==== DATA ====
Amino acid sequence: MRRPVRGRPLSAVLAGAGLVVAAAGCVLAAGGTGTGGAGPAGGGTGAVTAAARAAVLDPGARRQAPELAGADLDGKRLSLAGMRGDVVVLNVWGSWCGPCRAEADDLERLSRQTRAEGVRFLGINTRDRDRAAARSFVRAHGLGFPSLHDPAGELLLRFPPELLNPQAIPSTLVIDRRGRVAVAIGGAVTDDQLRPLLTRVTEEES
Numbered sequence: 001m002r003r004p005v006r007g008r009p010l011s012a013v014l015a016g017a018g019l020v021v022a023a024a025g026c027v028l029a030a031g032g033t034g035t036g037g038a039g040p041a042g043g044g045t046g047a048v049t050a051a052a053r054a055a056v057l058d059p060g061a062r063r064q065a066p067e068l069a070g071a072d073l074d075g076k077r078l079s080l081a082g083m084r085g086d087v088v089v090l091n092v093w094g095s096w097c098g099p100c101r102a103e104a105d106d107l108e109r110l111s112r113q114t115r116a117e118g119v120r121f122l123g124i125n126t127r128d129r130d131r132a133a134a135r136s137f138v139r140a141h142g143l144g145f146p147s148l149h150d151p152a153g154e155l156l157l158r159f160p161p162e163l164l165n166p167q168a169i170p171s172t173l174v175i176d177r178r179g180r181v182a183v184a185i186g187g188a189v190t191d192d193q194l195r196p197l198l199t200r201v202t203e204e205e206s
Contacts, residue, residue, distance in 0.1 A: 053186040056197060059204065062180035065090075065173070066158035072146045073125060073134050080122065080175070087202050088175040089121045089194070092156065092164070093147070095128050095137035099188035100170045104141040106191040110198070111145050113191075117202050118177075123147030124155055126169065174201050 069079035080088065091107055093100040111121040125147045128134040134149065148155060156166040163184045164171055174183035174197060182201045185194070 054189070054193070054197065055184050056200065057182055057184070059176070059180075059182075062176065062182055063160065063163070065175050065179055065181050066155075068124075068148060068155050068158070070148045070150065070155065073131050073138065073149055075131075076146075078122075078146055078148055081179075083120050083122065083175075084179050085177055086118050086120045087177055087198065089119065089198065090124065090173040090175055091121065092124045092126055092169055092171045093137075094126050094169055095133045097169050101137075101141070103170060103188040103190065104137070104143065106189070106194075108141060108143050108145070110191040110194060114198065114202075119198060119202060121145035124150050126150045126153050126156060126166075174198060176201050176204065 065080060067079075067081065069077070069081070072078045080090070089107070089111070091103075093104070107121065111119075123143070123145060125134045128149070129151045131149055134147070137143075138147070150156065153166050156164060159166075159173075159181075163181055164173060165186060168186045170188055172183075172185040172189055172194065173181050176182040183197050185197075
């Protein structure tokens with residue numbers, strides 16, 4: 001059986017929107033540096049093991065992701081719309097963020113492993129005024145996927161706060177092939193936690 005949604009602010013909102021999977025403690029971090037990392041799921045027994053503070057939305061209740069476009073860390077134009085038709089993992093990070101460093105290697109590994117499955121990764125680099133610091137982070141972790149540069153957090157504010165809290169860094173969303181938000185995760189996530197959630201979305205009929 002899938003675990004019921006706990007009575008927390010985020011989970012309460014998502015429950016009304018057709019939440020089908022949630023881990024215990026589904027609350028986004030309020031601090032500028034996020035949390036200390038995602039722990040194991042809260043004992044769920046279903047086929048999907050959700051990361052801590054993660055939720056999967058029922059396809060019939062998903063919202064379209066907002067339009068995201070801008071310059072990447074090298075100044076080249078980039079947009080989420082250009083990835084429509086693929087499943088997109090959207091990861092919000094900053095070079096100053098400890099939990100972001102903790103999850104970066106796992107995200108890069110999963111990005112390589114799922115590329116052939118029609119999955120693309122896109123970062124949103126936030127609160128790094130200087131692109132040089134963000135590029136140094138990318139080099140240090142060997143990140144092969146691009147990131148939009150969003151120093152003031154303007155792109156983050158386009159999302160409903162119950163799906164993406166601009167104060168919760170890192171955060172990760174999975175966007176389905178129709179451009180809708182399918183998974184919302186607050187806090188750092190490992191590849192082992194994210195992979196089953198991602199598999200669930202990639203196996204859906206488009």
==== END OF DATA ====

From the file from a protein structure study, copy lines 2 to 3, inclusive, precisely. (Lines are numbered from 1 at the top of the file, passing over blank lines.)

Numbered sequence: 001m002r003r004p005v006r007g008r009p010l011s012a013v014l015a016g017a018g019l020v021v022a023a024a025g026c027v028l029a030a031g032g033t034g035t036g037g038a039g040p041a042g043g044g045t046g047a048v049t050a051a052a053r054a055a056v057l058d059p060g061a062r063r064q065a066p067e068l069a070g071a072d073l074d075g076k077r078l079s080l081a082g083m084r085g086d087v088v089v090l091n092v093w094g095s096w097c098g099p100c101r102a103e104a105d106d107l108e109r110l111s112r113q114t115r116a117e118g119v120r121f122l123g124i125n126t127r128d129r130d131r132a133a134a135r136s137f138v139r140a141h142g143l144g145f146p147s148l149h150d151p152a153g154e155l156l157l158r159f160p161p162e163l164l165n166p167q168a169i170p171s172t173l174v175i176d177r178r179g180r181v182a183v184a185i186g187g188a189v190t191d192d193q194l195r196p197l198l199t200r201v202t203e204e205e206s
Contacts, residue, residue, distance in 0.1 A: 053186040056197060059204065062180035065090075065173070066158035072146045073125060073134050080122065080175070087202050088175040089121045089194070092156065092164070093147070095128050095137035099188035100170045104141040106191040110198070111145050113191075117202050118177075123147030124155055126169065174201050 069079035080088065091107055093100040111121040125147045128134040134149065148155060156166040163184045164171055174183035174197060182201045185194070 054189070054193070054197065055184050056200065057182055057184070059176070059180075059182075062176065062182055063160065063163070065175050065179055065181050066155075068124075068148060068155050068158070070148045070150065070155065073131050073138065073149055075131075076146075078122075078146055078148055081179075083120050083122065083175075084179050085177055086118050086120045087177055087198065089119065089198065090124065090173040090175055091121065092124045092126055092169055092171045093137075094126050094169055095133045097169050101137075101141070103170060103188040103190065104137070104143065106189070106194075108141060108143050108145070110191040110194060114198065114202075119198060119202060121145035124150050126150045126153050126156060126166075174198060176201050176204065 065080060067079075067081065069077070069081070072078045080090070089107070089111070091103075093104070107121065111119075123143070123145060125134045128149070129151045131149055134147070137143075138147070150156065153166050156164060159166075159173075159181075163181055164173060165186060168186045170188055172183075172185040172189055172194065173181050176182040183197050185197075